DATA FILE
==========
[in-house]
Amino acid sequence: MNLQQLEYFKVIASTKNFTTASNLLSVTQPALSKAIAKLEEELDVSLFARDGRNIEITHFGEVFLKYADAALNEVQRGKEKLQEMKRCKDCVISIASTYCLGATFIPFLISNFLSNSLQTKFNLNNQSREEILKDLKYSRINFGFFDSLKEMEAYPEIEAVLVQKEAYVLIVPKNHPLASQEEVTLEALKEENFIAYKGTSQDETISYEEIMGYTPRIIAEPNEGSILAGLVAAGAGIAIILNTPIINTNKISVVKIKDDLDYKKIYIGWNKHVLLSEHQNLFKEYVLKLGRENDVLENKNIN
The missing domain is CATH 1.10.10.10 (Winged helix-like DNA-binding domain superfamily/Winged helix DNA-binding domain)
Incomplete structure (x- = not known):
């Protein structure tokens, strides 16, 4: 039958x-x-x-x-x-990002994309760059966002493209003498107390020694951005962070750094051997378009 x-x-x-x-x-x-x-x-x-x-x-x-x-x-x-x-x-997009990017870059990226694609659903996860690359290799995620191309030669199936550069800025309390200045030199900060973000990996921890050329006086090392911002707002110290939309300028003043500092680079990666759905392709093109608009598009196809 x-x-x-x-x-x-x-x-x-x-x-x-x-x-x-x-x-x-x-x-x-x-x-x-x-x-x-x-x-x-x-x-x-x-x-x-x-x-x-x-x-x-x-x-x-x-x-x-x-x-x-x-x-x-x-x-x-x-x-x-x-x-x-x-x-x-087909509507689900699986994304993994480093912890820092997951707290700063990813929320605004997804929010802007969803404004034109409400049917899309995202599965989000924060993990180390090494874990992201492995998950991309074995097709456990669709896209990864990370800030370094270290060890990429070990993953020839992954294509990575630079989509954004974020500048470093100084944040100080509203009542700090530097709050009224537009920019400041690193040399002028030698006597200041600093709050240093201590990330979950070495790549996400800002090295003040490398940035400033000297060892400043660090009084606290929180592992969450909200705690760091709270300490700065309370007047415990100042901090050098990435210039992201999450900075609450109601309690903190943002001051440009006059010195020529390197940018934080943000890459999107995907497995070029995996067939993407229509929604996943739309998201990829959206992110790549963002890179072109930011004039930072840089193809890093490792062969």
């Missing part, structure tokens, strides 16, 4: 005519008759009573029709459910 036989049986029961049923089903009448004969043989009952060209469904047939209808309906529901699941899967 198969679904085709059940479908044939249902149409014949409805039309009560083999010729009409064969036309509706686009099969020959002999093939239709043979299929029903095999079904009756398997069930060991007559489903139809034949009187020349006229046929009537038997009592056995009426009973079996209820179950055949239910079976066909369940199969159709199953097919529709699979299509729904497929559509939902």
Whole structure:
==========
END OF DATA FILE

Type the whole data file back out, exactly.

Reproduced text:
[in-house]
Amino acid sequence: MNLQQLEYFKVIASTKNFTTASNLLSVTQPALSKAIAKLEEELDVSLFARDGRNIEITHFGEVFLKYADAALNEVQRGKEKLQEMKRCKDCVISIASTYCLGATFIPFLISNFLSNSLQTKFNLNNQSREEILKDLKYSRINFGFFDSLKEMEAYPEIEAVLVQKEAYVLIVPKNHPLASQEEVTLEALKEENFIAYKGTSQDETISYEEIMGYTPRIIAEPNEGSILAGLVAAGAGIAIILNTPIINTNKISVVKIKDDLDYKKIYIGWNKHVLLSEHQNLFKEYVLKLGRENDVLENKNIN
The missing domain is CATH 1.10.10.10 (Winged helix-like DNA-binding domain superfamily/Winged helix DNA-binding domain)
Incomplete structure (x- = not known):
């Protein structure tokens, strides 16, 4: 039958x-x-x-x-x-990002994309760059966002493209003498107390020694951005962070750094051997378009 x-x-x-x-x-x-x-x-x-x-x-x-x-x-x-x-x-997009990017870059990226694609659903996860690359290799995620191309030669199936550069800025309390200045030199900060973000990996921890050329006086090392911002707002110290939309300028003043500092680079990666759905392709093109608009598009196809 x-x-x-x-x-x-x-x-x-x-x-x-x-x-x-x-x-x-x-x-x-x-x-x-x-x-x-x-x-x-x-x-x-x-x-x-x-x-x-x-x-x-x-x-x-x-x-x-x-x-x-x-x-x-x-x-x-x-x-x-x-x-x-x-x-x-087909509507689900699986994304993994480093912890820092997951707290700063990813929320605004997804929010802007969803404004034109409400049917899309995202599965989000924060993990180390090494874990992201492995998950991309074995097709456990669709896209990864990370800030370094270290060890990429070990993953020839992954294509990575630079989509954004974020500048470093100084944040100080509203009542700090530097709050009224537009920019400041690193040399002028030698006597200041600093709050240093201590990330979950070495790549996400800002090295003040490398940035400033000297060892400043660090009084606290929180592992969450909200705690760091709270300490700065309370007047415990100042901090050098990435210039992201999450900075609450109601309690903190943002001051440009006059010195020529390197940018934080943000890459999107995907497995070029995996067939993407229509929604996943739309998201990829959206992110790549963002890179072109930011004039930072840089193809890093490792062969």
């Missing part, structure tokens, strides 16, 4: 005519008759009573029709459910 036989049986029961049923089903009448004969043989009952060209469904047939209808309906529901699941899967 198969679904085709059940479908044939249902149409014949409805039309009560083999010729009409064969036309509706686009099969020959002999093939239709043979299929029903095999079904009756398997069930060991007559489903139809034949009187020349006229046929009537038997009592056995009426009973079996209820179950055949239910079976066909369940199969159709199953097919529709699979299509729904497929559509939902």
Whole structure: